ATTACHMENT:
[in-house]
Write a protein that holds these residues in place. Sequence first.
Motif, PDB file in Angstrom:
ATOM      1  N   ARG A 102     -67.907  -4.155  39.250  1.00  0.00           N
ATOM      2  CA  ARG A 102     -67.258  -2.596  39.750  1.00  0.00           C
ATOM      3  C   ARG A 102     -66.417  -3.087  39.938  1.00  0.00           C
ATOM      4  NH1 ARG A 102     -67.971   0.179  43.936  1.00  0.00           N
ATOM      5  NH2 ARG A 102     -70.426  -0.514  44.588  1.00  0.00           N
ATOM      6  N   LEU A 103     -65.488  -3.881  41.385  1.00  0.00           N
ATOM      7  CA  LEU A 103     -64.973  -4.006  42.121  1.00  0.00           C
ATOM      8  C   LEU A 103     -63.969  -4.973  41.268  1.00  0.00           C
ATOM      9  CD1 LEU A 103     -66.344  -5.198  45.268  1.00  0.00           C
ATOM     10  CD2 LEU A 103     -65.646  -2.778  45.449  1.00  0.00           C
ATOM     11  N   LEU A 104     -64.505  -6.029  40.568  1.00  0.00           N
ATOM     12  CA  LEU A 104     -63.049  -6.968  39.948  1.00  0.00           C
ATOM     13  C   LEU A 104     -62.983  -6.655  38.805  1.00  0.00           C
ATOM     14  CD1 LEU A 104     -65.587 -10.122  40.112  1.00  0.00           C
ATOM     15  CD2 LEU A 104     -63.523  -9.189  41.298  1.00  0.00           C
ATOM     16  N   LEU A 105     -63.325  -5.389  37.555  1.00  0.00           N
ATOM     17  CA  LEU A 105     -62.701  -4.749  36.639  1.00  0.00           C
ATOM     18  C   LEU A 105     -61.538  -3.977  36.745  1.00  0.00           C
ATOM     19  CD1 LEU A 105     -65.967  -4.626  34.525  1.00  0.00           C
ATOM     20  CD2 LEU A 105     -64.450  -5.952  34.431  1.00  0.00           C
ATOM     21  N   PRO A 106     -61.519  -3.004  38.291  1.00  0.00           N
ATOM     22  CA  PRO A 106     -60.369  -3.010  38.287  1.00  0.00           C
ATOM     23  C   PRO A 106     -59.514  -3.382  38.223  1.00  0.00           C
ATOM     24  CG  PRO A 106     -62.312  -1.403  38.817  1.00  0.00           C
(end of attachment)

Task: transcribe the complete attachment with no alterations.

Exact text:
[in-house]
Write a protein that holds these residues in place. Sequence first.
Motif, PDB file in Angstrom:
ATOM      1  N   ARG A 102     -67.907  -4.155  39.250  1.00  0.00           N
ATOM      2  CA  ARG A 102     -67.258  -2.596  39.750  1.00  0.00           C
ATOM      3  C   ARG A 102     -66.417  -3.087  39.938  1.00  0.00           C
ATOM      4  NH1 ARG A 102     -67.971   0.179  43.936  1.00  0.00           N
ATOM      5  NH2 ARG A 102     -70.426  -0.514  44.588  1.00  0.00           N
ATOM      6  N   LEU A 103     -65.488  -3.881  41.385  1.00  0.00           N
ATOM      7  CA  LEU A 103     -64.973  -4.006  42.121  1.00  0.00           C
ATOM      8  C   LEU A 103     -63.969  -4.973  41.268  1.00  0.00           C
ATOM      9  CD1 LEU A 103     -66.344  -5.198  45.268  1.00  0.00           C
ATOM     10  CD2 LEU A 103     -65.646  -2.778  45.449  1.00  0.00           C
ATOM     11  N   LEU A 104     -64.505  -6.029  40.568  1.00  0.00           N
ATOM     12  CA  LEU A 104     -63.049  -6.968  39.948  1.00  0.00           C
ATOM     13  C   LEU A 104     -62.983  -6.655  38.805  1.00  0.00           C
ATOM     14  CD1 LEU A 104     -65.587 -10.122  40.112  1.00  0.00           C
ATOM     15  CD2 LEU A 104     -63.523  -9.189  41.298  1.00  0.00           C
ATOM     16  N   LEU A 105     -63.325  -5.389  37.555  1.00  0.00           N
ATOM     17  CA  LEU A 105     -62.701  -4.749  36.639  1.00  0.00           C
ATOM     18  C   LEU A 105     -61.538  -3.977  36.745  1.00  0.00           C
ATOM     19  CD1 LEU A 105     -65.967  -4.626  34.525  1.00  0.00           C
ATOM     20  CD2 LEU A 105     -64.450  -5.952  34.431  1.00  0.00           C
ATOM     21  N   PRO A 106     -61.519  -3.004  38.291  1.00  0.00           N
ATOM     22  CA  PRO A 106     -60.369  -3.010  38.287  1.00  0.00           C
ATOM     23  C   PRO A 106     -59.514  -3.382  38.223  1.00  0.00           C
ATOM     24  CG  PRO A 106     -62.312  -1.403  38.817  1.00  0.00           C